Alexander “Sandy” Fisher Jr., died on February 29, 2020, after valiantly fighting Huntington’s Disease. Sandy was born in Baltimore, Maryland, on December 9, 1939, to Dr. Alexander Murray Fisher and Lucretia Billings Fisher. He leaves behind his devoted wife, Mary Ross Reed Fisher after 51 years of marriage. He is survived by his daughter, Jane Thornton Fisher Bowles (Michael); and his son, Murray LeMoyne Fisher (Emily); and five grandchildren, Grayson Fisher, Alex Fisher, Pen Fisher, and Sophia and William Bowles. He is also survived by three siblings, Sally Carpenter (Chuck), Dr. Daniel Fisher (Tish), and Lark Fisher; as well as dozens of nieces and nephews.
Sandy was a lucky man, having figured out how to turn his childhood passions for trucks, plants, animals, and people into a lifelong career as an organic farmer. Sandy graduated from Avon Old Farms boarding school in Connecticut in 1959 and entered Hampden-Sydney College in Virginia, where his fraternity brother, Freddie Reed, introduced him to his sister and Sandy’s future wife, Rossie. After two years at Hampden-Sydney, he left to join the Peace Corps in 1961 in Colombia for two years. He fell in love with Colombia and vowed to return.
After graduating from Columbia University with a degree in political science and economics, he returned to Columbia with a friend to purchase a farm. They bought Mozambique, a remote ranch in the Llanos region, where he was the partner and farm manager. He built a house on a lake and eventually lured Rossie down. They lived on the farm in a wildlife paradise with toucans, deer, and capybara for seven years. Jane was born there in 1971 and Murray in 1974. He always had incredible stories of his adventures and friendships in Colombia, and eventually published a book in 2007, “Colombia: Pictures and Stories.” He is still revered in the small town of Tenjo where he spent his first year of the Peace Corps and his picture can be found tacked on the wall of many homes alongside the Pope and Virgin Mary.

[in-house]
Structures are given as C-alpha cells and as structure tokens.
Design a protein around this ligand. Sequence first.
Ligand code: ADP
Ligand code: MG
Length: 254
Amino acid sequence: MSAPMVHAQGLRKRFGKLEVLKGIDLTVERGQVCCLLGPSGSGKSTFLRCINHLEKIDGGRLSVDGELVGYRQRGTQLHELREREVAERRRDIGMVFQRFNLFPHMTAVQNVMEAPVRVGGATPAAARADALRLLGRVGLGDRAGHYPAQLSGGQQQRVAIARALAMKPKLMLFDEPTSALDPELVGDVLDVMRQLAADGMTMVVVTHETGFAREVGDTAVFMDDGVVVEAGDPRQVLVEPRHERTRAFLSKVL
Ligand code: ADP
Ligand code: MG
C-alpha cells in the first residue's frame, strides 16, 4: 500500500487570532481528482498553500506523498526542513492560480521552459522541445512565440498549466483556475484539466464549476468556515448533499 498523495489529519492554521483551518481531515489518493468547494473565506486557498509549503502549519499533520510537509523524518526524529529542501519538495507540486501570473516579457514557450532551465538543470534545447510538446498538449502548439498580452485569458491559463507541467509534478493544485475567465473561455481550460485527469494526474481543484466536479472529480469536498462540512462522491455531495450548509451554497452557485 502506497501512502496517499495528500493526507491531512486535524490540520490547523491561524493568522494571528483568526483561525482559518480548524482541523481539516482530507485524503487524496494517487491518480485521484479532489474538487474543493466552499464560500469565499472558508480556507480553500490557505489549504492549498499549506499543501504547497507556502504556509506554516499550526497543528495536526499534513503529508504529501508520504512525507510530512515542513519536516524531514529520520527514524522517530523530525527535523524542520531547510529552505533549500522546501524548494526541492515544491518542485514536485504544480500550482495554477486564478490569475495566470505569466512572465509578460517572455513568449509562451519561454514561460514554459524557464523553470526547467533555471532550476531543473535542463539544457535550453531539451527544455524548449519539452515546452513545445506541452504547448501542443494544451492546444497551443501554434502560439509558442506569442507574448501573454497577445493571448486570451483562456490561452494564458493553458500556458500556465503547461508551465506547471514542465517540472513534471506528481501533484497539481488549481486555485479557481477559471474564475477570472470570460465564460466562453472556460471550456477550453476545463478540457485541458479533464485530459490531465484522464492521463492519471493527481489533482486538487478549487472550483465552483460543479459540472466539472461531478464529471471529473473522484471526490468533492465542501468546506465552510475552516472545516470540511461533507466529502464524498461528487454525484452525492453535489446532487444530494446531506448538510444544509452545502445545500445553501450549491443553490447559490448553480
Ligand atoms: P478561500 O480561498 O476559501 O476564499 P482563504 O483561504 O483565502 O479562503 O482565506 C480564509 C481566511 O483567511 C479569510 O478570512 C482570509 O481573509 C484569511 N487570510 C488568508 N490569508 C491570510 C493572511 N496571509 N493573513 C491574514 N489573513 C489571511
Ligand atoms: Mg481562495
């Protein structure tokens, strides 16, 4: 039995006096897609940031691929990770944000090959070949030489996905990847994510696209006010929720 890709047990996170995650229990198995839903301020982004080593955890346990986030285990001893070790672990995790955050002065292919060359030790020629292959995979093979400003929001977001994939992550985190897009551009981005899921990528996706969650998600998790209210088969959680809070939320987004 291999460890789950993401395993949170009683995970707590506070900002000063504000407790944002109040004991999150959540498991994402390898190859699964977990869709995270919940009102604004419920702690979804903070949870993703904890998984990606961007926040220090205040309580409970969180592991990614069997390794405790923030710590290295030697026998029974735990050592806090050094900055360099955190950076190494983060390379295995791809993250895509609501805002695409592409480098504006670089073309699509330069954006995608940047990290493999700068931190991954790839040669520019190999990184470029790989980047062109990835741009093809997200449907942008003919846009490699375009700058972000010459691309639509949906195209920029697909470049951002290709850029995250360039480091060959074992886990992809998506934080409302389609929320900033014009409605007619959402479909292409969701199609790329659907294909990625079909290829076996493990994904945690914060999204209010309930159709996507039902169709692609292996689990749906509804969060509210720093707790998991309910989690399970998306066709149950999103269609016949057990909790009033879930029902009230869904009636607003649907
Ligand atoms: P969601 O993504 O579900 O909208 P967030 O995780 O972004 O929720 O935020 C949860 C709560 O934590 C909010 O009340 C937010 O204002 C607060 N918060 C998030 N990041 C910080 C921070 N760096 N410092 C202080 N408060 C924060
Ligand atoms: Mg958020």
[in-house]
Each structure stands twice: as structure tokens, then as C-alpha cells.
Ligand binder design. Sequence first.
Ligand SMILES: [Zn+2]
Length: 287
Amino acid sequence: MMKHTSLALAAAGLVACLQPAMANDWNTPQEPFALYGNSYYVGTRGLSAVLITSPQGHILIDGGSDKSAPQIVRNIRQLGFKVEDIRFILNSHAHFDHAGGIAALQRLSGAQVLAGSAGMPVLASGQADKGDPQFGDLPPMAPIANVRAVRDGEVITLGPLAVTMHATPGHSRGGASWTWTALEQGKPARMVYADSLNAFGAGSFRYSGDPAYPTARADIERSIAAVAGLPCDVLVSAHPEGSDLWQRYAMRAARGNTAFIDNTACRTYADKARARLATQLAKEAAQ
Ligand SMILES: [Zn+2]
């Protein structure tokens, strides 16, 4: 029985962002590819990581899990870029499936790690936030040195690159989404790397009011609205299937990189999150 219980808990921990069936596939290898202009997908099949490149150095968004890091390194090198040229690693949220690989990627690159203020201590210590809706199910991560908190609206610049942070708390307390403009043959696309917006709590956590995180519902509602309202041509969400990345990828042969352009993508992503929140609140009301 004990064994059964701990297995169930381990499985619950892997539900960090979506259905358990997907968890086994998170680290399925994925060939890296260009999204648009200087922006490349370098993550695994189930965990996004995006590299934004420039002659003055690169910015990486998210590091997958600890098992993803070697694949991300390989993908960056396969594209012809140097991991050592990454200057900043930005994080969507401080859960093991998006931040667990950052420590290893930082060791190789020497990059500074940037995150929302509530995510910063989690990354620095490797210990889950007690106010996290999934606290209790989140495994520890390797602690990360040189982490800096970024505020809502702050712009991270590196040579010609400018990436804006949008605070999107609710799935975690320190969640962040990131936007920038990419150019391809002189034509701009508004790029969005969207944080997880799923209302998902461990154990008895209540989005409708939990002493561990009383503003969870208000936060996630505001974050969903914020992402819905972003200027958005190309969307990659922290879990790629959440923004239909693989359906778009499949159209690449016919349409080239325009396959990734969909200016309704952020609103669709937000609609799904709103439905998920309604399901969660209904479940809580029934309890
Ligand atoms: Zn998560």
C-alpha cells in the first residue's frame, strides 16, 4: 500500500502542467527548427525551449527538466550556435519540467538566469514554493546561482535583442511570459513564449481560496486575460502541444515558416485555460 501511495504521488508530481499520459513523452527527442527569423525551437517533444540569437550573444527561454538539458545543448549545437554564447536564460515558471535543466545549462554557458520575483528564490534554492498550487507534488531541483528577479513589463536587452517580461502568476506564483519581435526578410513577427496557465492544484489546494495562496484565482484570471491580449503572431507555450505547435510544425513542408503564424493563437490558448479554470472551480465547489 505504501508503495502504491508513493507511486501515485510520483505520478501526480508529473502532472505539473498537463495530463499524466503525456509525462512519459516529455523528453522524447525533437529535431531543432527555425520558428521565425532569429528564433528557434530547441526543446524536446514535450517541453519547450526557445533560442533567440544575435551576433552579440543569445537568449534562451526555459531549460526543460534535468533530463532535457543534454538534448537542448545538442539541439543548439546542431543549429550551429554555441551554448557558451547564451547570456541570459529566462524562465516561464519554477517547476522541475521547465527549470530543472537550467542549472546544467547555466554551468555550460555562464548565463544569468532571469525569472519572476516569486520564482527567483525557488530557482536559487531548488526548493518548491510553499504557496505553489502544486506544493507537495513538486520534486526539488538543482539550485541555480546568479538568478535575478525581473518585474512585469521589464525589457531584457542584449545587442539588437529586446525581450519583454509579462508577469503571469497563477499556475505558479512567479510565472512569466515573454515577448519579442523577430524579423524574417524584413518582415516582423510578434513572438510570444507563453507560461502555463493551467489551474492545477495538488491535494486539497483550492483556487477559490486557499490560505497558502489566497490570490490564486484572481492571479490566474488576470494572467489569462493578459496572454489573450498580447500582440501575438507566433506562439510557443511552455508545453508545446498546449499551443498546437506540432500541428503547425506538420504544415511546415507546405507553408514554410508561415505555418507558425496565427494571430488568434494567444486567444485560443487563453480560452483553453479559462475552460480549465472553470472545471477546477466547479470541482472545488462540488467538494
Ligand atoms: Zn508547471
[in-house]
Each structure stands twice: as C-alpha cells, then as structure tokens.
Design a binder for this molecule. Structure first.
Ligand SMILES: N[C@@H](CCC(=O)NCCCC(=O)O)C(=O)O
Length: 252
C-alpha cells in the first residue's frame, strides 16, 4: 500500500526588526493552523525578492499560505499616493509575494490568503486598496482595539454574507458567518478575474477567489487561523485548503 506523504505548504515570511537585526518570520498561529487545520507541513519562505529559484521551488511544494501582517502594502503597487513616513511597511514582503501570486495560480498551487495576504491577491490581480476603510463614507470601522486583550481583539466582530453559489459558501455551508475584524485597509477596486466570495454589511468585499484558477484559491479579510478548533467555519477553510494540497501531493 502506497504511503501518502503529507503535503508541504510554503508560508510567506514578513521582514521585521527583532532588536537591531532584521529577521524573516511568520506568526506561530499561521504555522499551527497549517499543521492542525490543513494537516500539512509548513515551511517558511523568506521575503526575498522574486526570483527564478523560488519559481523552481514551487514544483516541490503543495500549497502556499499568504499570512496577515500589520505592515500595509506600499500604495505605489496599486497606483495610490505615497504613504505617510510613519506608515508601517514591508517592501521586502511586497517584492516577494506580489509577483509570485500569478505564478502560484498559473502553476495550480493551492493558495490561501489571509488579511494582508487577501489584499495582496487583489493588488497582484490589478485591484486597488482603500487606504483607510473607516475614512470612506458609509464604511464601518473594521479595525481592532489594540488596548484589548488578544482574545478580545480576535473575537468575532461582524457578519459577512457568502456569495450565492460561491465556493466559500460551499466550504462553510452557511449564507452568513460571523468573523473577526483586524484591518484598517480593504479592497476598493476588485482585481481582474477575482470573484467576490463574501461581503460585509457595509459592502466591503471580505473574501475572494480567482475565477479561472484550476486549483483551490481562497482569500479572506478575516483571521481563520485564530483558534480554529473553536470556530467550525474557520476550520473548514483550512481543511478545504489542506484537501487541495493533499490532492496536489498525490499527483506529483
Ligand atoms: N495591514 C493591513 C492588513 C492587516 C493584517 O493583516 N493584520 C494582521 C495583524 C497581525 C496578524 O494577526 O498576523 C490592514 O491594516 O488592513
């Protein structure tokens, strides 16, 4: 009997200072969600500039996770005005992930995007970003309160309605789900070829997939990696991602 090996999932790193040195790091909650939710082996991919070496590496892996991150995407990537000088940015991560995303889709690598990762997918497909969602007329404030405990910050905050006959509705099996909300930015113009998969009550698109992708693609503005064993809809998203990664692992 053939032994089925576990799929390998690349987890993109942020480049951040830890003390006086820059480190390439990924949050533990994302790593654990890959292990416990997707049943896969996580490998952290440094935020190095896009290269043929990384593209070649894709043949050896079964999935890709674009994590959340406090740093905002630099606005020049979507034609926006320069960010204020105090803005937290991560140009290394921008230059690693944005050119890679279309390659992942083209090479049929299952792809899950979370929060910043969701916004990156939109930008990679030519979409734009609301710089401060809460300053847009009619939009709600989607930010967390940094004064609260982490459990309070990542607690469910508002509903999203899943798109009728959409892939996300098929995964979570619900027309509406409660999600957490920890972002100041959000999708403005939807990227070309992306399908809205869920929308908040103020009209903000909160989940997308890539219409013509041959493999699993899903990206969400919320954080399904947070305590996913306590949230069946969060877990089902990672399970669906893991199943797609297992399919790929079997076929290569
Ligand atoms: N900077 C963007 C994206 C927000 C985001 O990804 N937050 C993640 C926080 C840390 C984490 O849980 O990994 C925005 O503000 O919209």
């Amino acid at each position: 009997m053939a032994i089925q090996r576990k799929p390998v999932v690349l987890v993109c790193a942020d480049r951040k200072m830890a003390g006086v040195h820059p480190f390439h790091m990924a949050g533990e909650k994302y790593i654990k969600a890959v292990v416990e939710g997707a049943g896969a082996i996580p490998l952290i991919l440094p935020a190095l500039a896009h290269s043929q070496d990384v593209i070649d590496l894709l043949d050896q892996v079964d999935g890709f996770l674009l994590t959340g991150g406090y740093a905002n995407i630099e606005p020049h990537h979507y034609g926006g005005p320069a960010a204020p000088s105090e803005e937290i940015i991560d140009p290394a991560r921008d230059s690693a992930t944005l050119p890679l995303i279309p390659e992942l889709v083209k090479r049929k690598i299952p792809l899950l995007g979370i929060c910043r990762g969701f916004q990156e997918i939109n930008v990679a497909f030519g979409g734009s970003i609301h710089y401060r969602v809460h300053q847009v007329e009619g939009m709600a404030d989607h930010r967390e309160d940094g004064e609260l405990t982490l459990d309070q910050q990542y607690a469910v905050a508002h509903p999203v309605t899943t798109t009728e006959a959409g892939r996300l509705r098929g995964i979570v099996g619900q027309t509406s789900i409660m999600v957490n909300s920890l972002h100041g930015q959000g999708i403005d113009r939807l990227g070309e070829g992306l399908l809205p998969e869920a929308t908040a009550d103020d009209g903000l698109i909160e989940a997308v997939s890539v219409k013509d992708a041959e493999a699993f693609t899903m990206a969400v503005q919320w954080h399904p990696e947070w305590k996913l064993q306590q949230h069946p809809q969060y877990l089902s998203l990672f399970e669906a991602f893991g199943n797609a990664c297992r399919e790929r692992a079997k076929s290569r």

Rossie and Sandy returned to the U.S. in 1974 when Sandy was hired to run Camp Holiday Trails, a summer camp for handicapped children in Charlottesville, VA. But he eventually returned to his passion and settled at Brookview Farm in Goochland, adjacent to Rossie’s family farm, Sabot Hill. At Brookview, Sandy developed pioneering approaches to what is now called “regenerative” and organic agriculture and for which he and Rossie received national recognition, including earning the American Farmland Trust’s “Stewards of the Land” award in 2007. Brookview functioned as much like an agricultural classroom as it did a farm and it was open to anyone interested in learning how to change a sparkplug, treat a sick cow, bale hay or drive a stick shift. In fact, hundreds of his formal and informal apprentices are scattered all over the world, practicing a more sustainable version of farming or business wherever they are.
He brought that same generosity of spirit and unique nature-focused perspective to all the organizations he served, including on the Boards of the James River Association, Goochland Land Alliance (President), Goochland Fire and Rescue, Colonial Farm Credit, Goochland Farm Bureau, Monacan Soil & Water Conservation Board (President), Rodale Institute, Virginia Soybean Commission (President). He was a co-founder of the Center for Rural Culture, and an elder at Hebron Presbyterian Church, where he also sang in the choir.
In 2015, he and Rossie reluctantly left the farm for Westminster Canterbury, where they became part of a loving and supportive community and where he died peacefully, surrounded by family, friends, and loyal and dedicated staff. A service of Thanksgiving for Sandy’s life was held on Saturday, March 7 at Hebron Presbyterian Church in Manakin-Sabot, VA, followed by lunch at Brookview Farm. In lieu of flowers, the family suggests contributions be made to the James River Association, 211 Rocketts Way, Suite 200, Richmond, VA 23231, or the Center for Rural Culture, P.O. Box 639, Goochland, VA 23063.